GNN and GAMETIME
Grady News Now and GAMETIME are Grady High School's programs in broadcast journalism, and are also recipients of many awards. GNN won its first Pacemaker in November 2005. GAMETIME is a weekly show dedicated to the coverage of prevalent sports stories as well as scores and highlights from all scholastic athletic events. It won the GSPA (Georgia Scholastic Press Association) award for the best new breakthrough production.
Nexus, written by Grady students, is a bimonthly magazine. Its success in the 2004-2005 school year was at first limited, with only a handful of editions, as that was its first year and it started late. Its second year (2005–2006) saw great success when Nexus gained the Start-Up achievement award from the Georgia Scholastic Press Association. In the 2008-2009 school year Nexus won "All Southern" from SIPA.
- Fall sports
- Water polo - boys' and girls'; girls 3rd place in state, 2013
- Cheerleading (2006 Regional Champions)
- Cross-country (boys: 2017 Regional Champions; 2017 APS city champions; 2005 Regional Champions; 2nd at state, 2003 2nd at state, 2009 APS city champions, 2010 APS city champions, 2011 APS city champions; girls: 2017 Regional Champions; 2017 APS City Champions)
- Football – varsity and junior varsity (2016 Regional Champions, 2014 Regional Champions, State Football Semi-Finals)
- Winter sports
- Swimming - girls 2014 City Champs, boys 2014 City 2nd Place
- Basketball – boys' and girls' varsity and JV (2006 Regional Champion Runner-up)
- Cheerleading (2006 Regional Champion)
- Debate – novice, JV and varsity (see below, under "Speech and Debate")
- Riflery – co-ed
- Spring sports
- Baseball – varsity and JV
- Lacrosse - varsity (boys and girls)
- Soccer (boys: 2004, 2005 Regional Champions; girls: first state playoff win ever in 2006, Final Four in 2007) - Grady soccer teams compete in region 5-AAA.
- Track (girls, 1988 State Champions, 2013 Atlanta City Champions; boys, 2000, Team 3rd State Class AA, 2001, Team 3rd State Class AA, 2002 Team Region Runner-up, 2003, Team 3rd State Class AA, 2005, Team Class AA State Runner-up, 2007, State runner-up and nationally ranked 4x100 relay, 2011 Atlanta City Champions, 2012 Atlanta City Champions)
- Ultimate frisbee - boys' and girls' varsity and JV (2017 Varsity Boys State and Southeast-Region Champions)
Clubs and extracurriculars
- Academic Decathlon
- Achievement Club
- Amnesty International
- Andover-Dartmouth Math Team
- Andrew Nichols' Club for a Better Future
- Arab League
- Art Club
- Beta Club
- Biology Club
- Drama Club
- Earth Club
- Fashion Club, with an annual fashion show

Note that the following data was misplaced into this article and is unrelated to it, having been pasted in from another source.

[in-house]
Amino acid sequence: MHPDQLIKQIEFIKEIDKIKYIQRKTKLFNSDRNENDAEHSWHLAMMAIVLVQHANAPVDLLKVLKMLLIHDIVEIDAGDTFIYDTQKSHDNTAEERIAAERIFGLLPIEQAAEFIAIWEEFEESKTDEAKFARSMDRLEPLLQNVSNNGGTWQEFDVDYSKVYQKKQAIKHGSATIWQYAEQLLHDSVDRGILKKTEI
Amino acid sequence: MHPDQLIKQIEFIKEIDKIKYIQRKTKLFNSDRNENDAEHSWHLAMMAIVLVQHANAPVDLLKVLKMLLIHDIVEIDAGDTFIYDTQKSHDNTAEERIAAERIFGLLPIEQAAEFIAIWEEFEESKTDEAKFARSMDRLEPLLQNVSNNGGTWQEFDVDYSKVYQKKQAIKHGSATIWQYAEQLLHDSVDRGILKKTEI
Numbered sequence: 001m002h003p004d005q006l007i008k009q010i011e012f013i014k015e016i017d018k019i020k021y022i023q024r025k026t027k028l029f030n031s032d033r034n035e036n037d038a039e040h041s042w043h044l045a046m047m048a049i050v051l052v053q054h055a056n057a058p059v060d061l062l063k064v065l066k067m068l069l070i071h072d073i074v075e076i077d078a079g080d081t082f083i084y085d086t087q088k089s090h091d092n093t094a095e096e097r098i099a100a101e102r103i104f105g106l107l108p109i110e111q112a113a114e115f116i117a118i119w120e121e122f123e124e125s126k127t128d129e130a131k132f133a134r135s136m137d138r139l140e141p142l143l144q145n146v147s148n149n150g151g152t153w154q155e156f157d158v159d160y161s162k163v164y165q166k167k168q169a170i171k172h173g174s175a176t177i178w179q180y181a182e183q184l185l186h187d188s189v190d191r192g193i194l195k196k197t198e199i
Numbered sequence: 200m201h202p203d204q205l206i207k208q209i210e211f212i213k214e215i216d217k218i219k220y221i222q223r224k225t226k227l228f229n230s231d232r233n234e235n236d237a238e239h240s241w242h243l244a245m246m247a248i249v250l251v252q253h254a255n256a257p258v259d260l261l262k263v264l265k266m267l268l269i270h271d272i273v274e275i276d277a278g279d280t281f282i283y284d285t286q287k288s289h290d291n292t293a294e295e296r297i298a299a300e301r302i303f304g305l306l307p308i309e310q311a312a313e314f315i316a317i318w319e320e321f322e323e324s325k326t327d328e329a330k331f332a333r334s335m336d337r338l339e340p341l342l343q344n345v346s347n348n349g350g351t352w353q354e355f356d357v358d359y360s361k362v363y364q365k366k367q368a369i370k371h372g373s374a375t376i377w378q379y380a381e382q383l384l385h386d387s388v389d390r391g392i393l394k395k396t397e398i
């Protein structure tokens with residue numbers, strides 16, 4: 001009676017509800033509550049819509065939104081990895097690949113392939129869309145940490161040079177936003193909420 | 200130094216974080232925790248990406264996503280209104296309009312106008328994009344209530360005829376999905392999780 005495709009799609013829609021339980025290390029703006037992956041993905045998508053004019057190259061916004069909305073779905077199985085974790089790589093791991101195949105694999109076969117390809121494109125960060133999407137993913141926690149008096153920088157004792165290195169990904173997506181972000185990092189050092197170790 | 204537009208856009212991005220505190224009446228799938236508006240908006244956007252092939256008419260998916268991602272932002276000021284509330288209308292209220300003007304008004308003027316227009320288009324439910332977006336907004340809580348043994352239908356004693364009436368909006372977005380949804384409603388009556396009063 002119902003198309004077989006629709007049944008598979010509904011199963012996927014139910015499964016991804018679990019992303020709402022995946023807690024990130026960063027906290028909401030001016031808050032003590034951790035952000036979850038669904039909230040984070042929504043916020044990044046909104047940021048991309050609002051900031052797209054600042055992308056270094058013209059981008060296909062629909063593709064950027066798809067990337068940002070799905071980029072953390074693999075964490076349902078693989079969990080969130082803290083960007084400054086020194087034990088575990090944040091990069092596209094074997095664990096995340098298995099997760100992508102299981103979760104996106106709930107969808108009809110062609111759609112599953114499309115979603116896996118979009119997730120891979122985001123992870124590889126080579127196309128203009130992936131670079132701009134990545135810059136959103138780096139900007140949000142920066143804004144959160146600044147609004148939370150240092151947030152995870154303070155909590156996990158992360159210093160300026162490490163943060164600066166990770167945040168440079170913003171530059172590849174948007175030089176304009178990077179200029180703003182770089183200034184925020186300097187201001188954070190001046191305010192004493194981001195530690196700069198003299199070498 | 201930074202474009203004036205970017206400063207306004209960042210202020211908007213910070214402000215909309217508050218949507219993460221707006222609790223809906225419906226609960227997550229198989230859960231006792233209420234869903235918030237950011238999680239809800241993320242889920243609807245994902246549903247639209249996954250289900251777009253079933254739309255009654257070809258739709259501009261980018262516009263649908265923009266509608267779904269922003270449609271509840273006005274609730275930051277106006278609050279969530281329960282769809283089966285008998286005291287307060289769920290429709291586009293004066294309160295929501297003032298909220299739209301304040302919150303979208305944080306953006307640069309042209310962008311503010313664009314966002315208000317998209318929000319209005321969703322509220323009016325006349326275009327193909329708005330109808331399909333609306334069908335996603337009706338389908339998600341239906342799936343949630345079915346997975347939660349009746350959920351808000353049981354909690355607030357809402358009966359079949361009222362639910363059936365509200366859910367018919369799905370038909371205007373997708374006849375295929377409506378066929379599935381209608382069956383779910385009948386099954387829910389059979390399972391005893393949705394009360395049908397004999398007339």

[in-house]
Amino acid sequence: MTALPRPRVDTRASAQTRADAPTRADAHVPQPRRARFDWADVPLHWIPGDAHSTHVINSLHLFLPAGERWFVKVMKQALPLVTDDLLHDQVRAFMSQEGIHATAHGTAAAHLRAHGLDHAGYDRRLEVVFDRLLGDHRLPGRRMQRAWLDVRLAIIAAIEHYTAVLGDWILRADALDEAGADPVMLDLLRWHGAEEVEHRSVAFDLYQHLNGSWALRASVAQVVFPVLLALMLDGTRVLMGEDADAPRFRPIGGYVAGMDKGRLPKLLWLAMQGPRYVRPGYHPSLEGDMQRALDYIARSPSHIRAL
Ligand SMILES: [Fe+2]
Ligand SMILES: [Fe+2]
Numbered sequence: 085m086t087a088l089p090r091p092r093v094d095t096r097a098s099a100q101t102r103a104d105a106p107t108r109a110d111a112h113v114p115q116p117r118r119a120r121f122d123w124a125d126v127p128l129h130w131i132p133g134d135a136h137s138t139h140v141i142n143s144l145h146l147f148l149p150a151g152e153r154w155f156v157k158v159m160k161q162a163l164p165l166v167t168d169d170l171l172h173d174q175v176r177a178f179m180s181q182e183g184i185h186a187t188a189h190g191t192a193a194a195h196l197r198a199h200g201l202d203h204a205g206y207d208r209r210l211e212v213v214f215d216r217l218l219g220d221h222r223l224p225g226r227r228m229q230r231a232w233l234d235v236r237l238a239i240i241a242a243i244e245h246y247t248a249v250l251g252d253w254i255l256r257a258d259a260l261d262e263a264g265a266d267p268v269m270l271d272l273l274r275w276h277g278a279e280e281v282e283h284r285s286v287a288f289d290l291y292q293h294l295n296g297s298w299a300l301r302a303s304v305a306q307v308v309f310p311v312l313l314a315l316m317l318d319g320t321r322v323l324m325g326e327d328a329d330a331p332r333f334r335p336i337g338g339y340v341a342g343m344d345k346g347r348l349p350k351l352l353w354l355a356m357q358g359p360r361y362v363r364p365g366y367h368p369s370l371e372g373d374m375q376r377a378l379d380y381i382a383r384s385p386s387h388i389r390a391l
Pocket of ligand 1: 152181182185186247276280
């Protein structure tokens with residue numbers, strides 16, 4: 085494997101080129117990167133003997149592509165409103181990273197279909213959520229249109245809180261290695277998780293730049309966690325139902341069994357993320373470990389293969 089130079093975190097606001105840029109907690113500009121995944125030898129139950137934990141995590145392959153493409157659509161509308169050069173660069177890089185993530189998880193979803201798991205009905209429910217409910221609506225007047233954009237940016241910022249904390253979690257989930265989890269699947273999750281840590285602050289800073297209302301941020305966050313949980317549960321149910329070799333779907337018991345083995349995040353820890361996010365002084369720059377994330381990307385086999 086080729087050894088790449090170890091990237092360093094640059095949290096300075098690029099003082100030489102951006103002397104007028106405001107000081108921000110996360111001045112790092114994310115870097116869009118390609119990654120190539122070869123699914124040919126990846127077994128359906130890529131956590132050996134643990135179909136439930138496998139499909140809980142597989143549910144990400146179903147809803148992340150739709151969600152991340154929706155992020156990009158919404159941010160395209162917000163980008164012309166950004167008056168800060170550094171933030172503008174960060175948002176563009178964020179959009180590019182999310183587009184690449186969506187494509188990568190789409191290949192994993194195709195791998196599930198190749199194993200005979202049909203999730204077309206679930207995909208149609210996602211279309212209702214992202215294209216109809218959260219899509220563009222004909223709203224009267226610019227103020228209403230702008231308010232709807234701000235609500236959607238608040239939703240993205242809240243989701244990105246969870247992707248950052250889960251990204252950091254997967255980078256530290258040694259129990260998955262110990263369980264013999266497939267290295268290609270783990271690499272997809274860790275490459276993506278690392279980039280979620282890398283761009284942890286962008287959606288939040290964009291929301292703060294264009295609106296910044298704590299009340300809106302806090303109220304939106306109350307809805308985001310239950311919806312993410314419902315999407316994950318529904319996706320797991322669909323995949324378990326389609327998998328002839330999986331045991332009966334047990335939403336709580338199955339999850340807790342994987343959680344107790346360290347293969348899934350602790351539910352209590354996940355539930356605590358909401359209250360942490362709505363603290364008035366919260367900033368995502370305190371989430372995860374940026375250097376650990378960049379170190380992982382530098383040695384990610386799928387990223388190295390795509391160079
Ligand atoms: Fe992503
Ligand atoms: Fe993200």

- FBLA (Future Business Leaders of America)
- Fellowship of Christian Athletes
- Fiber Arts Club
- Future Teachers of America (FTA)
- Gamer Club
- Gospel Choir
- History Club
- Improvisation Club
- Interact Club
- Jetpack Club
- JROTC, Citywide JROTC Drill Team Competition: 1st Place – Color Guard Team; 2nd Place – Standard Drill Team, 1st Place Veterans Day Parade
- Latin Club
- Les Gourmandes
- Library Club
- Mock Trial - The team won the State Championship in 2000, 2005, 2009, 2010, 2011, and 2017. The team placed 14, 16, 8, 3, 4, and 3 at the National Championship in 2000, 2005, 2009, 2010, 2011, and 2017 respectively. The team has won the Metro Atlanta Regional competition for 12 years in a row. They also won an International Invitational Competition in New York in October 2010.
- Model U.N. - numerous individual awards at the Georgia State University competition
- Modern Literature Club
- Organic Gardening Club
- Philosophy Club
- Poetry Club
- Quiz Bowl
- Robotics Team 
- FIRST Robotics Competition:
- Rookie All Star Award, Peachtree Regional
- Regional Finalist, Peachtree Regional
- Finalist, Peachtree Regional
- Imagery Award in honor of Jack Kamen, Palmetto Regional
- Imagery Award in honor of Jack Kamen, Peachtree Regional
- Winner, 2015 Georgia Southern Classic Regional
- Chairman's Award, 2016 Columbus District
- Winner, 2017 Gainesville District
- Winner, 2017 Columbus District
- Winner, 2018 Albany District
- Winner, 2018 Duluth District
- Chairman's Award, 2018 Duluth District
- Winner, 2018 Peachtree District District Championship
- G3 Drones for Good
- VEX - 2005 International Championship 1st place
- BEST Robotics Competition - 2006 Regional 2nd place; awards for most elegant design, best shirt design, most photogenic robot, and Founders Award for best conceptual design
- MATE ROV Challenge
- FIRST Robotics Competition:
- Sam Barksdale Club